Nurture And Renew

If Southwest Solutions, a multifaceted human services agency in Detroit, did nothing else but renovate affordable homes and sell them to lower-income residents, homeless people, or veterans, it would fail.


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Southwest Solutions occupies the former San Telmo Cigar Factory designed by renowned architect Albert Kahn in 1904

If Southwest Solutions, a multifaceted human services agency in Detroit, did nothing else but renovate affordable homes and sell them to lower-income residents, homeless people, or veterans, it would fail.

“We would absolutely fail, because people who are struggling to make ends meet or are homeless need long-term support,” says Hector Hernandez, executive director of Southwest Economic Solutions, a division of Southwest Solutions. “What we’ve learned over the years is that success comes from offering a comprehensive strategy to fight poverty. We get people trained for jobs, we work with them on applying for a mortgage, and once they get a home, we work with them to make sure they stay on a good path.”

As Detroit and other communities in the region strive to rebuild distressed neighborhoods, Southwest Solutions, founded in 1972, has learned that long-term success in redeveloping and selling vacant homes is the result of offering multiple programs rather than focusing on a single sales transaction.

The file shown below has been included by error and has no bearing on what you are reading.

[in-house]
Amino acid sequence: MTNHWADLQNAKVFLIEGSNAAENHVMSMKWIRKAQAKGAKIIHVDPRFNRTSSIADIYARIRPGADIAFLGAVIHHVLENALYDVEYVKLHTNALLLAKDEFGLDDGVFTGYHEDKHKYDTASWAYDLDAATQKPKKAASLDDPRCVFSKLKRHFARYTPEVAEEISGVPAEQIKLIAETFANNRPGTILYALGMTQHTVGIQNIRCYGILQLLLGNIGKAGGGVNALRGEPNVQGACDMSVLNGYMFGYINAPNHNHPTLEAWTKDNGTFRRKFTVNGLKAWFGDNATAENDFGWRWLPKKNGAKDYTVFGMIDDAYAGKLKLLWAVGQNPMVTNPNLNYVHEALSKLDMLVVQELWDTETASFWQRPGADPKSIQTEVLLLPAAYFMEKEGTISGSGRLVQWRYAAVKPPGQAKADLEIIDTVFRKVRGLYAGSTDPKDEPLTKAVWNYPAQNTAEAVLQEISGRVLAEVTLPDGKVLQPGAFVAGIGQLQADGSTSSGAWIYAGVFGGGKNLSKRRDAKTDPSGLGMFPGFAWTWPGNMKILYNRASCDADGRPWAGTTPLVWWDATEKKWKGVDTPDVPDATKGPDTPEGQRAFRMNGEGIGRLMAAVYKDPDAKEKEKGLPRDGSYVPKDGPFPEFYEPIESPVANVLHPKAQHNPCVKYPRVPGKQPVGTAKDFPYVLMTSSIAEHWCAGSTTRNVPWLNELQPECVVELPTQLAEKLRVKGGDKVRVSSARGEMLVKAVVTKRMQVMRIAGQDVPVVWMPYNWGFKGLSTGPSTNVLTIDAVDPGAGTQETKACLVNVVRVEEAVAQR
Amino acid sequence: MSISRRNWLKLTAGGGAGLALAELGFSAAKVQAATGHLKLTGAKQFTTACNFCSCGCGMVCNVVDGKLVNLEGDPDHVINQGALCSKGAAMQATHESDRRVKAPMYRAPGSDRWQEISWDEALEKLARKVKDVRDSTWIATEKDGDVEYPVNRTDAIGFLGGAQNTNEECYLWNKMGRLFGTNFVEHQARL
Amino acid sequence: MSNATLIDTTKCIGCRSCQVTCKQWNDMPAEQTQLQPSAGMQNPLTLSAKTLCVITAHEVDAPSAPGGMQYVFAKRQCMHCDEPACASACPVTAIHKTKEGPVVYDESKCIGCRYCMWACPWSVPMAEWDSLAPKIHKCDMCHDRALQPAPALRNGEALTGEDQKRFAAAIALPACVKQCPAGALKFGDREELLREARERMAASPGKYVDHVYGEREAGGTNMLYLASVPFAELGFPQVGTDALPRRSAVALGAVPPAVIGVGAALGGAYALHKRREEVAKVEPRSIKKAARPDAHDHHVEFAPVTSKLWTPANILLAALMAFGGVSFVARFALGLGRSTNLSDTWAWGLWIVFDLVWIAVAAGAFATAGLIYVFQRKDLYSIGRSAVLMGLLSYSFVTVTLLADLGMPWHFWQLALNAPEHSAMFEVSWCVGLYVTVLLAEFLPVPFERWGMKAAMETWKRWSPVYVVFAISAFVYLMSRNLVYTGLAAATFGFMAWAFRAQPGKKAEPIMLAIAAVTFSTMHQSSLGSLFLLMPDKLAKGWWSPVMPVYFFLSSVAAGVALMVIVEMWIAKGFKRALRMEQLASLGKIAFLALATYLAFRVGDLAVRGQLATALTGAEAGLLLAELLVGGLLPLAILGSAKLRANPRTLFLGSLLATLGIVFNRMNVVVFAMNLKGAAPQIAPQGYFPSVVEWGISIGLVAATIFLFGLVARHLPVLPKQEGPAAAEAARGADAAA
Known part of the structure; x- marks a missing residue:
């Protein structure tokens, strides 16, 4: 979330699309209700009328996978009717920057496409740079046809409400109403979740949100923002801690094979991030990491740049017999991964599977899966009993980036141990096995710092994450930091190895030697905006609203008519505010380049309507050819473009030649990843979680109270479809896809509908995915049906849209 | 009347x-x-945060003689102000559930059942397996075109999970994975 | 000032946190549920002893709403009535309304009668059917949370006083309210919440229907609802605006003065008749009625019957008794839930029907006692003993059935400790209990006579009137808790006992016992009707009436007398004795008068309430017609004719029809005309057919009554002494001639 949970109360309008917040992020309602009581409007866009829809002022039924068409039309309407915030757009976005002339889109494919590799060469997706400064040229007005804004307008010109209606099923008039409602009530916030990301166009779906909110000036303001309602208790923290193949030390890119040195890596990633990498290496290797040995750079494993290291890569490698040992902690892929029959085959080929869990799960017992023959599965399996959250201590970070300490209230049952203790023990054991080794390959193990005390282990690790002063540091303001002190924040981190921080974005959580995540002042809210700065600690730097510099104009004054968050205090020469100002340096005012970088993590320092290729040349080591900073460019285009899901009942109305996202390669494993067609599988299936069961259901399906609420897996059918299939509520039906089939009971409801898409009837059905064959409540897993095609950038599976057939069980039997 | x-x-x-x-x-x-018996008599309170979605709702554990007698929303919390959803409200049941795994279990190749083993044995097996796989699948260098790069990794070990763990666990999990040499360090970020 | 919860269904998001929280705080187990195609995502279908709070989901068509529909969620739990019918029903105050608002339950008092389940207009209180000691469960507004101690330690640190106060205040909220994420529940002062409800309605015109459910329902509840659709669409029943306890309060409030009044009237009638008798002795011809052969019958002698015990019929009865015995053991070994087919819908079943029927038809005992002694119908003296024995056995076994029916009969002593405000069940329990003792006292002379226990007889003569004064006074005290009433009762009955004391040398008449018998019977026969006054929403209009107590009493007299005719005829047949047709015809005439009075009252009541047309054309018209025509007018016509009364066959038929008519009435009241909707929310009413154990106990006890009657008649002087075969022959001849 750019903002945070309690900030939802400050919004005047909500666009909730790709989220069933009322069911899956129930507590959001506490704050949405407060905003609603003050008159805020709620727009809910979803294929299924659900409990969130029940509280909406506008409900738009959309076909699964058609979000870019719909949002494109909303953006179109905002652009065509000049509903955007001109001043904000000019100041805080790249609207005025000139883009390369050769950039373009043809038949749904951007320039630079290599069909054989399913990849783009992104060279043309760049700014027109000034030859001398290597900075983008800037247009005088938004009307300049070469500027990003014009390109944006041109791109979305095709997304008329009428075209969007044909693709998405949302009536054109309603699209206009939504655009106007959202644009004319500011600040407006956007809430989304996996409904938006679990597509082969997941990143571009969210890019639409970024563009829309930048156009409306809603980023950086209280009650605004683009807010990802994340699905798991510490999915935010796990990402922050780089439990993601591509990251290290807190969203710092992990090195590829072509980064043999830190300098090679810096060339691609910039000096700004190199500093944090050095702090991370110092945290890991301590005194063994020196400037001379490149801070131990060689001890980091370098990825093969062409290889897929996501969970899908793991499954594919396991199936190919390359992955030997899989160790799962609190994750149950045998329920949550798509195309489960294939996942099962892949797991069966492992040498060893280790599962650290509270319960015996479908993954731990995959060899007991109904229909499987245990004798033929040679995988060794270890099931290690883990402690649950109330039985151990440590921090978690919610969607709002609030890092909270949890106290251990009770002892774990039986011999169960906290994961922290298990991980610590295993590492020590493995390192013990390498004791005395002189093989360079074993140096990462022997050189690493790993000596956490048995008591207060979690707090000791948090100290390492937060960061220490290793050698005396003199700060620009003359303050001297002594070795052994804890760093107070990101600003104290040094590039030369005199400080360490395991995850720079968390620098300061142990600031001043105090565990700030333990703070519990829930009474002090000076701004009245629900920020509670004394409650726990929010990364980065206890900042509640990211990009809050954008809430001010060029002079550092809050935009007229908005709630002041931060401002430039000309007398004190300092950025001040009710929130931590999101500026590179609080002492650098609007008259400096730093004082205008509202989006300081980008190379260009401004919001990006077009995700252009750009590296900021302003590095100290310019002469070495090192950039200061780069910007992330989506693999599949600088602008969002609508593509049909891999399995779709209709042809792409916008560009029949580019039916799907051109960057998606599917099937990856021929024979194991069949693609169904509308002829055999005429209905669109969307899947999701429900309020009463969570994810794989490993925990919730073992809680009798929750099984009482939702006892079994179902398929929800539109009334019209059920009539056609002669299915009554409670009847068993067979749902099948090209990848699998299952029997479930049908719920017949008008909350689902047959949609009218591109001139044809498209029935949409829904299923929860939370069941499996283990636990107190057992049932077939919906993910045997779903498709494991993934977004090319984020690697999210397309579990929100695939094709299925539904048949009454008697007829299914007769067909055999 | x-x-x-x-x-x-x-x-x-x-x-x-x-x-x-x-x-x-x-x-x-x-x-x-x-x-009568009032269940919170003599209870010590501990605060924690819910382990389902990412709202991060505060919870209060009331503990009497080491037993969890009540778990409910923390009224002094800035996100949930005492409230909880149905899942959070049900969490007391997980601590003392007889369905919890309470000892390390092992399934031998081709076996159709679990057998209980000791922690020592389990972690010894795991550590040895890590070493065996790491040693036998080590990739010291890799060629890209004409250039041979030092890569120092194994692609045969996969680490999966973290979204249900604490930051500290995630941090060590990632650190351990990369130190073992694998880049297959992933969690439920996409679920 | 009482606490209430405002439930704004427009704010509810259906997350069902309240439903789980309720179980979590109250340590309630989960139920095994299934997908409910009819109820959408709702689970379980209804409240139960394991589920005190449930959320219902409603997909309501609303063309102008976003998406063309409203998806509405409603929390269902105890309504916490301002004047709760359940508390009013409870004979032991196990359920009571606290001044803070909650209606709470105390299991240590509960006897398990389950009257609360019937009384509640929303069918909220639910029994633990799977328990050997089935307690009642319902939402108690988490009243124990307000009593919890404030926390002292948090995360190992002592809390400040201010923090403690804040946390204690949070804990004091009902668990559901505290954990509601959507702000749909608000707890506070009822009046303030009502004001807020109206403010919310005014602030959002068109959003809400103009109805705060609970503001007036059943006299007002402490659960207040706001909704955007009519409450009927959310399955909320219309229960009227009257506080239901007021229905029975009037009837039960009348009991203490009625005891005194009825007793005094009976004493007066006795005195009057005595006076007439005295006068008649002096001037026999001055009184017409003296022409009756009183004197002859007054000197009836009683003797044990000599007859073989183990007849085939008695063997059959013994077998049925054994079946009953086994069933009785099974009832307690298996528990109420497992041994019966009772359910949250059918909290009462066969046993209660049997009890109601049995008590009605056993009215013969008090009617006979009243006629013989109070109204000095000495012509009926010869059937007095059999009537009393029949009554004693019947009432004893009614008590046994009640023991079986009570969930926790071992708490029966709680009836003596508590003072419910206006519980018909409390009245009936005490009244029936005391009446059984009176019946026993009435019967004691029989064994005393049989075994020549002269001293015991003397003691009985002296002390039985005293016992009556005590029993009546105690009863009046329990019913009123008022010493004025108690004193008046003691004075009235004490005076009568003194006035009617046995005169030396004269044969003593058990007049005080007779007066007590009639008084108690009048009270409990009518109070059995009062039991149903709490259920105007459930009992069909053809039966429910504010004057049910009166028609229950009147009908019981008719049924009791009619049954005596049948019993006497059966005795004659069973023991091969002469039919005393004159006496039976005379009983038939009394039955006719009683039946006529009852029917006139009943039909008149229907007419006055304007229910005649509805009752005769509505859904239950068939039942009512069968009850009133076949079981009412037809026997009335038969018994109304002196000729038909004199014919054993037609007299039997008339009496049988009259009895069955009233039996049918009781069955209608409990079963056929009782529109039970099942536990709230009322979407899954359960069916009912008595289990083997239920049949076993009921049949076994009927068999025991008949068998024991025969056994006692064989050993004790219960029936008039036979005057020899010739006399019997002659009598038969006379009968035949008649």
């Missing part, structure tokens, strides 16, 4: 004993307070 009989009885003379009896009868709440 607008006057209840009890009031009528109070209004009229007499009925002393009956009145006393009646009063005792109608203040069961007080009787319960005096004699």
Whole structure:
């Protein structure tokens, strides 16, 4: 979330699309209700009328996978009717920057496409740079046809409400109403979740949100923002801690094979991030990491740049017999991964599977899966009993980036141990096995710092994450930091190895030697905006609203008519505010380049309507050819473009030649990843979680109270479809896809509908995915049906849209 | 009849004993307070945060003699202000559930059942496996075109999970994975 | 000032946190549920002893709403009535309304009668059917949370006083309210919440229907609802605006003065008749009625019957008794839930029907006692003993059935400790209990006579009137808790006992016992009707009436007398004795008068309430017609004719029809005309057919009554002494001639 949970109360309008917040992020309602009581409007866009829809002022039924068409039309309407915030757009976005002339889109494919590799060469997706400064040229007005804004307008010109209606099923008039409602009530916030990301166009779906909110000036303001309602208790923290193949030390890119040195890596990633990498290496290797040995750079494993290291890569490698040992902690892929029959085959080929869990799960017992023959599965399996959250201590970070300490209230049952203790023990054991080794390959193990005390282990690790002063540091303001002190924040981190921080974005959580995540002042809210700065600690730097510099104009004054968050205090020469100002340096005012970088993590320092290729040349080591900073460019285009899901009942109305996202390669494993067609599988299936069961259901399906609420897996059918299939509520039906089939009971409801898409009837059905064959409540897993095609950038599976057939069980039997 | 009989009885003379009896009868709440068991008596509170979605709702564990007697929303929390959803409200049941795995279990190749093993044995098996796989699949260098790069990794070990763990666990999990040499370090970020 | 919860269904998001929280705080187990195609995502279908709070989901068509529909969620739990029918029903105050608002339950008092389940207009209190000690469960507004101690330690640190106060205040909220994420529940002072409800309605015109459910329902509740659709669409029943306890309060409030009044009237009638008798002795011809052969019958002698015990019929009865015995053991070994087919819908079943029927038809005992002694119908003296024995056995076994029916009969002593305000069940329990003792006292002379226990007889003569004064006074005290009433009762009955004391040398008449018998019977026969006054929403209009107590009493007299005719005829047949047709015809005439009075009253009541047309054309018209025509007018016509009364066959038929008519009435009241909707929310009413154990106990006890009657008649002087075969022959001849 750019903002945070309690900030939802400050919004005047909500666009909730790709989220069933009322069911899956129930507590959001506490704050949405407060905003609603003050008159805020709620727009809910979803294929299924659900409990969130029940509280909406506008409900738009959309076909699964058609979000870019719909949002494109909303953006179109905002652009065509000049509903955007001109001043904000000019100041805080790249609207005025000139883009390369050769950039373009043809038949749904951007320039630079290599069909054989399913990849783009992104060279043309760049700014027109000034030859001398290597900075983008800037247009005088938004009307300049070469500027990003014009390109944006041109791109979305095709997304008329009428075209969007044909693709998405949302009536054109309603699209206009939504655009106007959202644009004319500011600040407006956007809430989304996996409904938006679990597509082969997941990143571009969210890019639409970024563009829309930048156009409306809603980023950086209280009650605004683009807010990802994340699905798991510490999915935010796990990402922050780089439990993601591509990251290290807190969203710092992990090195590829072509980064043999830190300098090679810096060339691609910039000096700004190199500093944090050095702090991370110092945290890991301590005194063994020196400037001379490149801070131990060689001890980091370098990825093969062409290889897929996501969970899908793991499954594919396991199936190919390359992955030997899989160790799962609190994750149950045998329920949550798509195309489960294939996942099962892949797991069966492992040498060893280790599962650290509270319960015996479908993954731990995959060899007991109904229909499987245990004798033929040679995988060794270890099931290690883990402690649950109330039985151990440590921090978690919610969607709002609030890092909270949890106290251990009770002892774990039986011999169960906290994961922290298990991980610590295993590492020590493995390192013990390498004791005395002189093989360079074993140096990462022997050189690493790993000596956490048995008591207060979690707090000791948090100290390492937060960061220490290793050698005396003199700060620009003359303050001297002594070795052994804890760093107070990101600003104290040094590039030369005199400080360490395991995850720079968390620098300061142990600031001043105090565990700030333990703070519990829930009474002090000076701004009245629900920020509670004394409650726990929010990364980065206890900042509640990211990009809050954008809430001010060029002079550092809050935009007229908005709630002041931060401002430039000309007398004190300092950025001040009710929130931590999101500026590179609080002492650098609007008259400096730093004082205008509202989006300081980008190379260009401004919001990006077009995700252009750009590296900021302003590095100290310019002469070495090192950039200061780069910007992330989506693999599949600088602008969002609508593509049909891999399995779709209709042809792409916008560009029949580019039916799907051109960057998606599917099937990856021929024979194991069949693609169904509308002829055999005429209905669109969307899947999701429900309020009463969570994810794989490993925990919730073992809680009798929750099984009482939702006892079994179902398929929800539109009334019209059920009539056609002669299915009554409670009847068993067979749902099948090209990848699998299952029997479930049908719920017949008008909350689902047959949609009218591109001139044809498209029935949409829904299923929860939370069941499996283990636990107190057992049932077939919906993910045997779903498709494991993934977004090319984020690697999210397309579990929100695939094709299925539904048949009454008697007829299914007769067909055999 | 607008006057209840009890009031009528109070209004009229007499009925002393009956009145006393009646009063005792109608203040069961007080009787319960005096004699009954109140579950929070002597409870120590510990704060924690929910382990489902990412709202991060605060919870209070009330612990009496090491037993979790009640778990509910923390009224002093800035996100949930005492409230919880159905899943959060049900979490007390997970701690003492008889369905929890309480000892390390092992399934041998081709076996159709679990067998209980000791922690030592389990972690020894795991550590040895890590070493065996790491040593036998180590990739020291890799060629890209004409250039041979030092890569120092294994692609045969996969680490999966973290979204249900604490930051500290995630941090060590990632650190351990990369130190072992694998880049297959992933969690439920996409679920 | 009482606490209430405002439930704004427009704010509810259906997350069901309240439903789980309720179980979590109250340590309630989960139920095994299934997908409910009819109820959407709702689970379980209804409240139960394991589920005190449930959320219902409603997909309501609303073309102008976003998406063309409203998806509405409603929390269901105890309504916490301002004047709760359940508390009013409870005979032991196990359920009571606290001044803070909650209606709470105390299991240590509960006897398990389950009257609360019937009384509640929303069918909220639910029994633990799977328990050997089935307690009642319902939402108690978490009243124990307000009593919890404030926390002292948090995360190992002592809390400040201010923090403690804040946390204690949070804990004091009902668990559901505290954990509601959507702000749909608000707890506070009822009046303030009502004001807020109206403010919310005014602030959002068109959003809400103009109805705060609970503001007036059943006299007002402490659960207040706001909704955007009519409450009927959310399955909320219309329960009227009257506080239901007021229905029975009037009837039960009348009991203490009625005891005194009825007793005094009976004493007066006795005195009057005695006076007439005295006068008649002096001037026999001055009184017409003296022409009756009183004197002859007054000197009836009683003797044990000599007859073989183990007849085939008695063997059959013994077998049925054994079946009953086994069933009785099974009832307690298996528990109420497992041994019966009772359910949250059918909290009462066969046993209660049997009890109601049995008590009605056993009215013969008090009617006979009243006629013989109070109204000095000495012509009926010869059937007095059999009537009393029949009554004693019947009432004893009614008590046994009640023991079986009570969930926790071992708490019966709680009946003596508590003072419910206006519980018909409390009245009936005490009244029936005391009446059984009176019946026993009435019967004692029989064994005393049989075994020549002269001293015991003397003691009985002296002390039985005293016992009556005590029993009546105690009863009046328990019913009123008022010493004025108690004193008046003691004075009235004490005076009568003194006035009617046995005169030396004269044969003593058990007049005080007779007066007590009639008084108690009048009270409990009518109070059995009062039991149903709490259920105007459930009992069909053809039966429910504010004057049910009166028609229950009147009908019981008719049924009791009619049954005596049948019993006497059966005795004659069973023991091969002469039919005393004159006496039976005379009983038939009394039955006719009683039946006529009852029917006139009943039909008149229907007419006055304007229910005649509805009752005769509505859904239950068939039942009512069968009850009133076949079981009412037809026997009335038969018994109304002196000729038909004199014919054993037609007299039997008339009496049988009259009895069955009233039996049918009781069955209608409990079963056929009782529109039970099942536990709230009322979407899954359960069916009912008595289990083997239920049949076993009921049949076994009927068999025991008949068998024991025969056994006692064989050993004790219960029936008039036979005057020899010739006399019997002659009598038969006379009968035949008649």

“You can’t just sell one of our homes to someone and hand them the keys,” Hernandez says. “There’s a whole gamut of things people need.”

To that end, Southwest Solutions offers an array of services including education, health care, workforce development, housing, financial counseling and assistance, business coaching, and job training. The organization, located in a former cigar factory along Michigan Avenue that was designed by Albert Kahn in 1904, operates on a $44 million annual budget and employs around 500 people.

“A lot of people we work with don’t have a safety net,” Hernandez says. “They often don’t have much of an education, no soft skills, and so we offer adult education classes. We found if there’s one hiccup (in a participant’s life), they’ll be back unemployed. While you may learn in a business class to focus on one thing, we don’t have that luxury.”

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